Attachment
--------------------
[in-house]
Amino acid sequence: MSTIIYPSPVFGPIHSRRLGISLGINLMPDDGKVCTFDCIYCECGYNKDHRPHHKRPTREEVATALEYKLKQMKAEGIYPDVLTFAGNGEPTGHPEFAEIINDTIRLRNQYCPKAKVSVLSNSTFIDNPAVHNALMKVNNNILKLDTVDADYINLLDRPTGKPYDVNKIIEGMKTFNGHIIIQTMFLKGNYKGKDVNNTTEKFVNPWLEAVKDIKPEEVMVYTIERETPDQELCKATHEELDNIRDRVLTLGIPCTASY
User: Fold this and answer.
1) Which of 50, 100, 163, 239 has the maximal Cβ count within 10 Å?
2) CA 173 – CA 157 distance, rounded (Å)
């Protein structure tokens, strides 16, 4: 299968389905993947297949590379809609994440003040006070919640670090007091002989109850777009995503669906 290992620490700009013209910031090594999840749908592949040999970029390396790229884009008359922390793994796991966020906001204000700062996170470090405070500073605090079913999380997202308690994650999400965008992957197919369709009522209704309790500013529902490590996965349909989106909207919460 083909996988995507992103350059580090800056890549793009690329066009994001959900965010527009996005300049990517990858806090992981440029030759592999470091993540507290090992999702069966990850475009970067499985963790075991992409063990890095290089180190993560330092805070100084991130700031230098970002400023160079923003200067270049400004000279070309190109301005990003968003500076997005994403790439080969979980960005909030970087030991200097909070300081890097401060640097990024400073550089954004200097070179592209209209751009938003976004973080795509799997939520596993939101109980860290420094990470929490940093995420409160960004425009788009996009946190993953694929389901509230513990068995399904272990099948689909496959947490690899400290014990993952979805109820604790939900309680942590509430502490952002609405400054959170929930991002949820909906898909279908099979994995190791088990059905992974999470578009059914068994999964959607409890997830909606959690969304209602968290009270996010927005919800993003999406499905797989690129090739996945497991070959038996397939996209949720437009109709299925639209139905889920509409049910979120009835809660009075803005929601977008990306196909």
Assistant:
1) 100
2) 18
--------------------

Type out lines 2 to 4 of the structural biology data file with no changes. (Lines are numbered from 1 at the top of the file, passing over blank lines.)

Amino acid sequence: MSTIIYPSPVFGPIHSRRLGISLGINLMPDDGKVCTFDCIYCECGYNKDHRPHHKRPTREEVATALEYKLKQMKAEGIYPDVLTFAGNGEPTGHPEFAEIINDTIRLRNQYCPKAKVSVLSNSTFIDNPAVHNALMKVNNNILKLDTVDADYINLLDRPTGKPYDVNKIIEGMKTFNGHIIIQTMFLKGNYKGKDVNNTTEKFVNPWLEAVKDIKPEEVMVYTIERETPDQELCKATHEELDNIRDRVLTLGIPCTASY
User: Fold this and answer.
1) Which of 50, 100, 163, 239 has the maximal Cβ count within 10 Å?